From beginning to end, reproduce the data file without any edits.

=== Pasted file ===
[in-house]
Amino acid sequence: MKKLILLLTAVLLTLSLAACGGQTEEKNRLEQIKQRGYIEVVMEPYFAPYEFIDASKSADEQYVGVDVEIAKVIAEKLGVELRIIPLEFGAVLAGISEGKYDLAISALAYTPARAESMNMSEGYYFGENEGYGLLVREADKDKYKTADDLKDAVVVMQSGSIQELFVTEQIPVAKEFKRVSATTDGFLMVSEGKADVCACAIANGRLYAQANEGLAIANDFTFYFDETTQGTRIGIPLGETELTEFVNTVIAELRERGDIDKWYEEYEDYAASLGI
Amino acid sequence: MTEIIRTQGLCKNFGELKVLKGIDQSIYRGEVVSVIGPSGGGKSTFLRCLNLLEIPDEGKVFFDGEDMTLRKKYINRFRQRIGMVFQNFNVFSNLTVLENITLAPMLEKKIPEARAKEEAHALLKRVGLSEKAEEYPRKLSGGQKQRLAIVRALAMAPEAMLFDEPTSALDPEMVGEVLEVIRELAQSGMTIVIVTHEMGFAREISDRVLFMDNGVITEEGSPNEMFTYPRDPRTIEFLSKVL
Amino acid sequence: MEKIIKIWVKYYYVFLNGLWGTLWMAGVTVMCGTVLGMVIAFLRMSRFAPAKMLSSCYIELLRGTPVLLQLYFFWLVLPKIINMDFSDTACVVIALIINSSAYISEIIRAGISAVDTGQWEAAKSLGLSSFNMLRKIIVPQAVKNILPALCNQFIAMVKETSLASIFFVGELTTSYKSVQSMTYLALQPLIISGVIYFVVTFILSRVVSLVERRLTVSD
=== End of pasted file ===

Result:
[in-house]
Amino acid sequence: MKKLILLLTAVLLTLSLAACGGQTEEKNRLEQIKQRGYIEVVMEPYFAPYEFIDASKSADEQYVGVDVEIAKVIAEKLGVELRIIPLEFGAVLAGISEGKYDLAISALAYTPARAESMNMSEGYYFGENEGYGLLVREADKDKYKTADDLKDAVVVMQSGSIQELFVTEQIPVAKEFKRVSATTDGFLMVSEGKADVCACAIANGRLYAQANEGLAIANDFTFYFDETTQGTRIGIPLGETELTEFVNTVIAELRERGDIDKWYEEYEDYAASLGI
Amino acid sequence: MTEIIRTQGLCKNFGELKVLKGIDQSIYRGEVVSVIGPSGGGKSTFLRCLNLLEIPDEGKVFFDGEDMTLRKKYINRFRQRIGMVFQNFNVFSNLTVLENITLAPMLEKKIPEARAKEEAHALLKRVGLSEKAEEYPRKLSGGQKQRLAIVRALAMAPEAMLFDEPTSALDPEMVGEVLEVIRELAQSGMTIVIVTHEMGFAREISDRVLFMDNGVITEEGSPNEMFTYPRDPRTIEFLSKVL
Amino acid sequence: MEKIIKIWVKYYYVFLNGLWGTLWMAGVTVMCGTVLGMVIAFLRMSRFAPAKMLSSCYIELLRGTPVLLQLYFFWLVLPKIINMDFSDTACVVIALIINSSAYISEIIRAGISAVDTGQWEAAKSLGLSSFNMLRKIIVPQAVKNILPALCNQFIAMVKETSLASIFFVGELTTSYKSVQSMTYLALQPLIISGVIYFVVTFILSRVVSLVERRLTVSD